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Utah Health Department model overestimated school-age cases by nearly 29,000 for September, officials say

COVID-19 testing is performed at the Mount Olympus Senior Center parking lot in Millcreek on Tuesday. Utah health officials reported 1,975 new COVID-19 cases and 12 deaths on Wednesday.

COVID-19 testing is performed at the Mount Olympus Senior Center parking lot in Millcreek on Tuesday. Utah health officials reported 1,975 new COVID-19 cases and 12 deaths on Wednesday. (Jeffrey D. Allred, Deseret News)



Estimated read time: 4-5 minutes

SALT LAKE CITY — Utah saw about 29,000 fewer COVID-19 cases in school-age children in September than previous models estimated, according to the Utah Department of Health.

"In August, we estimated there could be 39,000 COVID-19 cases in September among school-aged kids in Utah. We were way off. The actual number was 9,957, well below our projection," the Utah Department of Health said in a recent tweet.

Officials with the department acknowledged that public health modeling is "complex," as it attempts to predict behavior based on past measures.

"Our modeling relied on factors like vaccination rates of teens, potential immunity from past cases, and transmission rates," the department said. "These factors strongly suggested that school-age cases were going to be a lot higher this September than September last year."

The rates were 3.6 times higher than last year, but not 13.9 times higher as predicted. Officials called the data from the first few weeks of the school year "promising."

"We will continue to be transparent and provide accurate information to all Utahns about #COVID19. We will continue to learn and grow as we respond to this disease," the department tweeted.

Salt Lake County case rates

In Salt Lake County, which has been one of the largest hotspots of the disease throughout the pandemic, 3,125 school-associated cases of the coronavirus have been confirmed since the school year began, said Dr. Angela Dunn, executive director of the Salt Lake County Health Department, during a County Council meeting on Tuesday.

About half of those cases have occurred in elementary schools, according to Dunn.

The lowest case rates for the first 40 days of school occurred in Salt Lake City School District, she tweeted Tuesday.

The district is the only in Salt Lake County with a mask mandate, which was ordered by Salt Lake City Mayor Erin Mendenhall after a K-6 mask mandate requested by Dunn was overturned by the County Council.

In the first 49 days of school throughout the county, 33 children under age 18 required hospitalization due to COVID-19, Dunn tweeted.

Dunn said case counts across the county and COVID-19 intensive care unit use continue to decrease, even though the percent positivity rate has ticked up slightly. But Dunn said the rate is stable, indicating a plateau.

Case counts are decreasing in all age groups except those ages 40-49, she said.

Latest Utah data

Utah health officials reported 1,975 new COVID-19 cases and 12 deaths on Wednesday.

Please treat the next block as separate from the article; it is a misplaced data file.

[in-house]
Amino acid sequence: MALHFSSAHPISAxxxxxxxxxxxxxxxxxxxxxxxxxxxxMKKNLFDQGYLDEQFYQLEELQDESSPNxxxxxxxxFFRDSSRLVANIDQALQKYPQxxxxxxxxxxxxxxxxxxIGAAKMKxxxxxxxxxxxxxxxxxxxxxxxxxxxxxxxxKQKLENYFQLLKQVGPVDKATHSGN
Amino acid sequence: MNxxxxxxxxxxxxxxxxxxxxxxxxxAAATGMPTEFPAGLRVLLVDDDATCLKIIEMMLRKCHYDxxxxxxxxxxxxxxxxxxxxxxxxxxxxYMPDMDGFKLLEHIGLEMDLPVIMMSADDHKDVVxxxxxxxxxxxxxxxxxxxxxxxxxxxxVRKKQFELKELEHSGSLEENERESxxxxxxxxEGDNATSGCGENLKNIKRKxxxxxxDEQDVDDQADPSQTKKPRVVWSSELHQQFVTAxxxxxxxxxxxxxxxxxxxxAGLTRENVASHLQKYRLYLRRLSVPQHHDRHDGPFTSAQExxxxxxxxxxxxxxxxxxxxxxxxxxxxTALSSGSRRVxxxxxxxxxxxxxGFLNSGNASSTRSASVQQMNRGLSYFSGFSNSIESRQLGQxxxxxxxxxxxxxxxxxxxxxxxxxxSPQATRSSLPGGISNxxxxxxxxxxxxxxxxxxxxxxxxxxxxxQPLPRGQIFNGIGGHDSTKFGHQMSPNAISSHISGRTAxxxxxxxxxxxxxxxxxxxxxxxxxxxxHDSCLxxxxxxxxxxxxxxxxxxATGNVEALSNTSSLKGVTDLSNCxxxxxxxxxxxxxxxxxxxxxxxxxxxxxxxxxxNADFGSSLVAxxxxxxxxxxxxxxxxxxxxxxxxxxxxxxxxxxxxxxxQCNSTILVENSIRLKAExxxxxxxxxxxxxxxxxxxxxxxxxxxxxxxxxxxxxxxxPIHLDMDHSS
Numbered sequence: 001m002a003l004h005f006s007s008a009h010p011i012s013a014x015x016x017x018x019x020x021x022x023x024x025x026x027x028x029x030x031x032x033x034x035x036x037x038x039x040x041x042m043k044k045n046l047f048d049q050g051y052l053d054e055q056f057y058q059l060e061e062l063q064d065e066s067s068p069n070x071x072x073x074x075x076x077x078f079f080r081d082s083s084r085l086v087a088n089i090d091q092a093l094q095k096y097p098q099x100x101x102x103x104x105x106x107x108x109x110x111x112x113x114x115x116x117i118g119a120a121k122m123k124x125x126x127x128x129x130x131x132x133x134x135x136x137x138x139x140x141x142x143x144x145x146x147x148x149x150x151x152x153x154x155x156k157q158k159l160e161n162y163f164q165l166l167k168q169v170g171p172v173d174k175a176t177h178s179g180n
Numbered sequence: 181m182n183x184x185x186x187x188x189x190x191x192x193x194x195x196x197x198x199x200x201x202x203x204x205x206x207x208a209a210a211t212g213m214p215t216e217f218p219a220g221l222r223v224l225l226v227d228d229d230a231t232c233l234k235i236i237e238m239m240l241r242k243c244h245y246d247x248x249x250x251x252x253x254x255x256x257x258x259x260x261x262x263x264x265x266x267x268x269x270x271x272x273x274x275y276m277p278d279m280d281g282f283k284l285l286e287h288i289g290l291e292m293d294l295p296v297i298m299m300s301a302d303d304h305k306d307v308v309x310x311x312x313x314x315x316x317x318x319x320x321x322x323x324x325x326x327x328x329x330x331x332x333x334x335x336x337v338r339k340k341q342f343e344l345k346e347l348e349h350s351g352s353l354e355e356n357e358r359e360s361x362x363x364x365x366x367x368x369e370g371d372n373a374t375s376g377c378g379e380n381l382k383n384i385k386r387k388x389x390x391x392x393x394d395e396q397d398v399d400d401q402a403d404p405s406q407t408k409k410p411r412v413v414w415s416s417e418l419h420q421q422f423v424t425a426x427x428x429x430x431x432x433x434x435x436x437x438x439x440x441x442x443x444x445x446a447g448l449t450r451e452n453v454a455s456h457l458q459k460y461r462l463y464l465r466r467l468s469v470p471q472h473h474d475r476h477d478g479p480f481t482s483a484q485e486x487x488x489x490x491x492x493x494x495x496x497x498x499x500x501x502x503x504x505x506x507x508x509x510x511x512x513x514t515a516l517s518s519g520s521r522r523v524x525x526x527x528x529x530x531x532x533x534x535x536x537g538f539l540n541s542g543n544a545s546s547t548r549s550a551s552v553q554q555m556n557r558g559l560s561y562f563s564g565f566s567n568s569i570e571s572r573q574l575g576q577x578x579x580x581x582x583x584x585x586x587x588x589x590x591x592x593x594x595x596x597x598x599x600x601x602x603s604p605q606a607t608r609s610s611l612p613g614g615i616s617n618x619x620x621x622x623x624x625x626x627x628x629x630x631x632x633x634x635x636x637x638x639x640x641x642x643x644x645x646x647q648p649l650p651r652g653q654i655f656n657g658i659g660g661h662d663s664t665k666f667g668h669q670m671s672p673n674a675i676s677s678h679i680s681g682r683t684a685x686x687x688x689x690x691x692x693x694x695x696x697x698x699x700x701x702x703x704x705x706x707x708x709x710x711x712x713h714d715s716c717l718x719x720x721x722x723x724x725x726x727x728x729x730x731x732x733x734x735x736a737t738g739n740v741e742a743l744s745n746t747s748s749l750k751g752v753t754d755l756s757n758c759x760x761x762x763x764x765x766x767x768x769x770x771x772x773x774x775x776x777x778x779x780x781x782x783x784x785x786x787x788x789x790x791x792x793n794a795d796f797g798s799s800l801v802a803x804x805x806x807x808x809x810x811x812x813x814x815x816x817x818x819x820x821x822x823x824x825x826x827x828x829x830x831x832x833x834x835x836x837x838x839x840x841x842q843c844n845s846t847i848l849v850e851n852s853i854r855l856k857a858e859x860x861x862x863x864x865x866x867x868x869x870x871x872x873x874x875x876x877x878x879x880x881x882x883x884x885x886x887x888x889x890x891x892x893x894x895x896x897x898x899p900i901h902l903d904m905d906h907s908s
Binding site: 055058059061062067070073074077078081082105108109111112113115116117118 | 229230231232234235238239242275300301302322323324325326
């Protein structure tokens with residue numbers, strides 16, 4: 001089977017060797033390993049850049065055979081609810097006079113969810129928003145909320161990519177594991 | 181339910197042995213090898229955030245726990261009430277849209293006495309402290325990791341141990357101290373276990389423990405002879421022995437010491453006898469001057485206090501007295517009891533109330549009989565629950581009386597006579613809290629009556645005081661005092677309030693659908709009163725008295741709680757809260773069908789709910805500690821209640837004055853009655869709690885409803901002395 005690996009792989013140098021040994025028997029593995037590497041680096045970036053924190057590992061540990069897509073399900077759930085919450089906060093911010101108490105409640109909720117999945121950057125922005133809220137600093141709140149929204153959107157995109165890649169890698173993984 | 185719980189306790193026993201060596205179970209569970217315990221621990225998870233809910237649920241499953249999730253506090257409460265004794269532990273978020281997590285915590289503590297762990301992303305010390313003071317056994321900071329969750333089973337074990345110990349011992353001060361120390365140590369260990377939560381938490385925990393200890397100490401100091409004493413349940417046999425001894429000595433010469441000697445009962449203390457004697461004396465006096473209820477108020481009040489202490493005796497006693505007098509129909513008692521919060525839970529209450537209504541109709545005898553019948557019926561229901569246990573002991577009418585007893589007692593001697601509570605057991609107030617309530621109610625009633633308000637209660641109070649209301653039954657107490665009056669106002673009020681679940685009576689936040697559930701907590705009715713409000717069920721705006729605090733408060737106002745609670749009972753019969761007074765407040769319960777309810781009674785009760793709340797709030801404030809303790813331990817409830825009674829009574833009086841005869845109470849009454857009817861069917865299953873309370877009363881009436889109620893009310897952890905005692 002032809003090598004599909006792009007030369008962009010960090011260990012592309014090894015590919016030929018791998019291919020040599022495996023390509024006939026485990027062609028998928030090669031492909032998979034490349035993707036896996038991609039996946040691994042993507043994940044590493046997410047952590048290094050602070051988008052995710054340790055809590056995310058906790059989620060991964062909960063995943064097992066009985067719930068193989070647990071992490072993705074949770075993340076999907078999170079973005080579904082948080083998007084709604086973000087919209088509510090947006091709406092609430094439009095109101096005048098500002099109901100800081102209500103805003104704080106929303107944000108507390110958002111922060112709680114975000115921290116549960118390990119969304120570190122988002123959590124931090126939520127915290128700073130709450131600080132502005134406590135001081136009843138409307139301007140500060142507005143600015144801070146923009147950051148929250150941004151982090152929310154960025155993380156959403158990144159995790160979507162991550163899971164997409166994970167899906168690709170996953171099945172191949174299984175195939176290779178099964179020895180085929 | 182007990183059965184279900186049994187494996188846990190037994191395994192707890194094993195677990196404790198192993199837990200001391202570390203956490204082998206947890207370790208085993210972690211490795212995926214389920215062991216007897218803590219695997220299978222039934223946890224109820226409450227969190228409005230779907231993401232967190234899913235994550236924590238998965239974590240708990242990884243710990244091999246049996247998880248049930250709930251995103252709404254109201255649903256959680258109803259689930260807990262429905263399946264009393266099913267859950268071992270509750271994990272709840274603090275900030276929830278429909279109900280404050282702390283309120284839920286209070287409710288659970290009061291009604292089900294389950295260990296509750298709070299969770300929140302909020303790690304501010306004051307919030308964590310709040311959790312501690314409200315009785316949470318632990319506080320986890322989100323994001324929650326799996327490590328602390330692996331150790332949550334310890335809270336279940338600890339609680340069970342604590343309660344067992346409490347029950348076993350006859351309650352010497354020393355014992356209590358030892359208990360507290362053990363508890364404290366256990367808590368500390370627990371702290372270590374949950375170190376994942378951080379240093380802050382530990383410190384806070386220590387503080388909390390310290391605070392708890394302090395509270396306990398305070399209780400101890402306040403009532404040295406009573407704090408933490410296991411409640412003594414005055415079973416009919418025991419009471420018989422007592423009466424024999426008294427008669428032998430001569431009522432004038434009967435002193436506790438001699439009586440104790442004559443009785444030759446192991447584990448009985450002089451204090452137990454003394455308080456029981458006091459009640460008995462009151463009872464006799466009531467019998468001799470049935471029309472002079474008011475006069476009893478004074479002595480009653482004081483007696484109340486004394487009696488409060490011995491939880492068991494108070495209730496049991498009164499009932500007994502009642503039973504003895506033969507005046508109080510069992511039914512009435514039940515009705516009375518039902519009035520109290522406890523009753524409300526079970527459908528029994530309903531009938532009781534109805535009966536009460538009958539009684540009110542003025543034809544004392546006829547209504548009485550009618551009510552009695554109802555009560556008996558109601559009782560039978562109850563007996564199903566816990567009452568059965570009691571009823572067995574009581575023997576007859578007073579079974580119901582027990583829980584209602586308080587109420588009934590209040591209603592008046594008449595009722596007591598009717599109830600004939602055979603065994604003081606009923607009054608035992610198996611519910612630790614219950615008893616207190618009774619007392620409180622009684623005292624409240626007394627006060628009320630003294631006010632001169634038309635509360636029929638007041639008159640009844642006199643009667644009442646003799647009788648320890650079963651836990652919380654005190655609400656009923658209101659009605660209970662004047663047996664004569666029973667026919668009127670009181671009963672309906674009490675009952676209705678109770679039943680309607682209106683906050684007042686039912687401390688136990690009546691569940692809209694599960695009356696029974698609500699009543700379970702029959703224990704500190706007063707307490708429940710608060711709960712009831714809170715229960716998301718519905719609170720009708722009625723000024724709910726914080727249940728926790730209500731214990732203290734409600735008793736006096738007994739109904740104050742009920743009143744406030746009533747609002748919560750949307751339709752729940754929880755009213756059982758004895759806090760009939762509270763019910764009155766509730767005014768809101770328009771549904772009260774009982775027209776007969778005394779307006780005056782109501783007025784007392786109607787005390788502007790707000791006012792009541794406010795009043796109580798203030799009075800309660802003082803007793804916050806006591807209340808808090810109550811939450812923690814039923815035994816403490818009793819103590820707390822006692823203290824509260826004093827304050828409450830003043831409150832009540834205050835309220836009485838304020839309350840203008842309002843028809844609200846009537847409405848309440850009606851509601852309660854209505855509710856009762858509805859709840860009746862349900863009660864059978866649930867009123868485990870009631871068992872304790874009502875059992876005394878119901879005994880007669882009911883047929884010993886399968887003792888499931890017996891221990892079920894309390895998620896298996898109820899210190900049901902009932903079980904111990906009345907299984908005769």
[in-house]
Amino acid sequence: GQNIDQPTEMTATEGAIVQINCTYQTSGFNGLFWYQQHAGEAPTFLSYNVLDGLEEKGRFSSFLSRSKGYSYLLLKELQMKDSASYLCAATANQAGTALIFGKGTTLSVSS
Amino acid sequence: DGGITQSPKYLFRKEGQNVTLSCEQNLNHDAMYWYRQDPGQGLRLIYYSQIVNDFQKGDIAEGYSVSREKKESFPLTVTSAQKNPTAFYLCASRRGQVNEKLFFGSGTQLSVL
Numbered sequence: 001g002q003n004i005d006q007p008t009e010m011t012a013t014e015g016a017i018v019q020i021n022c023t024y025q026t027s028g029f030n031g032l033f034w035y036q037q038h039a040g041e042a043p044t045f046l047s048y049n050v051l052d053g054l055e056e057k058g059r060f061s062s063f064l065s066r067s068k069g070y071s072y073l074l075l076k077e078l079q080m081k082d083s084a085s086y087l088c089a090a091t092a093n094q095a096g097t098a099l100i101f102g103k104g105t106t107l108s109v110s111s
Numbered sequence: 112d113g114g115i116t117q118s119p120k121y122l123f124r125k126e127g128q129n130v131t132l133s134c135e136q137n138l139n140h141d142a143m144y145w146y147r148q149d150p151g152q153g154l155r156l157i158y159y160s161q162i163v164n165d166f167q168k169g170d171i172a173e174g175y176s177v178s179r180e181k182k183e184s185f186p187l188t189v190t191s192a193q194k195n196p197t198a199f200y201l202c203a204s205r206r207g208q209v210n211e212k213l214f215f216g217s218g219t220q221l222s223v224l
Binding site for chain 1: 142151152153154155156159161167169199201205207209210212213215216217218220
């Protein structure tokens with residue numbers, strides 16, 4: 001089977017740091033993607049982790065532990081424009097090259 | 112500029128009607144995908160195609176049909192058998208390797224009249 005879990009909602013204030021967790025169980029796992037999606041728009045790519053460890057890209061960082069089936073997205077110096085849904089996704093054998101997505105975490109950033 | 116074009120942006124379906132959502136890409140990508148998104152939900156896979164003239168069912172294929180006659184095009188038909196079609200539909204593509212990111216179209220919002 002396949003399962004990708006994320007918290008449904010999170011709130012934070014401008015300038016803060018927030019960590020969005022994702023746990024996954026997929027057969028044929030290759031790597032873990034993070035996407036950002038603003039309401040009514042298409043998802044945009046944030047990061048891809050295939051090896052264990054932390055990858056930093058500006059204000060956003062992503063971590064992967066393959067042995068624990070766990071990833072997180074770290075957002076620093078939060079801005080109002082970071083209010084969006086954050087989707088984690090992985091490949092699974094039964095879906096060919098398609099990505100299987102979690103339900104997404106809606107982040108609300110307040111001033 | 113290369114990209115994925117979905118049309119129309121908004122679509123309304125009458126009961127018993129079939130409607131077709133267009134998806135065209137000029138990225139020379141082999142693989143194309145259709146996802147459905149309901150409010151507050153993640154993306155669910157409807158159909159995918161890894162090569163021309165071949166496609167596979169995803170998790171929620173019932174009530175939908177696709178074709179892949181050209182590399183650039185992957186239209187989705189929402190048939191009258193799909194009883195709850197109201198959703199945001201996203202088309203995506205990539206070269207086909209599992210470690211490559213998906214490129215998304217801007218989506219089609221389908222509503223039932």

School-age children accounted for 434 of the latest cases — 187 cases were ages 5-10, 106 cases were 11-13, and 141 cases were 14-17, according to a daily updated given by the Utah Department of Health.

The rolling, seven-day average for positive tests is 1,422 per day, and the average percent positivity rate of those tested is 15.4%.

Health care workers provided 10,124 vaccine doses since the previous day's report, bringing total doses given in Utah to 3,525,706.

In the last 28 days, unvaccinated residents have faced 6.4 times greater risk of dying from COVID-19, 7 times greater risk of being hospitalized due to COVID-19, and 6.3 times greater risk of testing positive for COVID-19 than vaccinated people.

Since Feb. 1, people who are unvaccinated are at four times greater risk of dying from COVID-19, 4.8 times greater risk of being hospitalized due to COVID-19, and 4 times greater risk of testing positive for COVID-19 than vaccinated people, data shows.

Of Wednesday's cases, 397 were confirmed as "breakthrough" cases, meaning they had been fully vaccinated more than two weeks ago. The state also confirmed 17 new breakthrough hospitalizations and three breakthrough deaths, according to the data.

State health officials and doctors have noted receiving the vaccine does not mean someone will not contract the coronavirus, but in most cases it is protective against serious illness. The vaccine also does not cause a person to get COVID-19.

Since vaccines became available to the public early this year, the state has confirmed 19,806 breakthrough cases, 1,011 breakthrough hospitalizations and 131 breakthrough deaths.

On Wednesday, 575 patients throughout Utah were hospitalized with the coronavirus, an increase of 19 since Tuesday.

The latest deaths include:

  • A Sanpete County man between the ages of 65 and 84, who was hospitalized when he died.
  • An Iron County man, 45-64, long-term care facility resident.
  • A Salt Lake County man, 25-44, hospitalized.
  • A Duchesne County woman, 25-44, hospitalized.
  • A Uintah County woman, 65-84, hospitalized.
  • A Washington County man, older than 85, hospitalized.
  • A Tooele County man, 45-64, hospitalized.
  • A Davis County woman, 65-84, hospitalized.
  • A Washington County woman, 65-84, hospitalized.
  • A Weber County man, older than 85, unknown if hospitalized.
  • A Utah County man, older than 85, unknown if hospitalized.
  • A Utah County man, 65-84, unknown if hospitalized.

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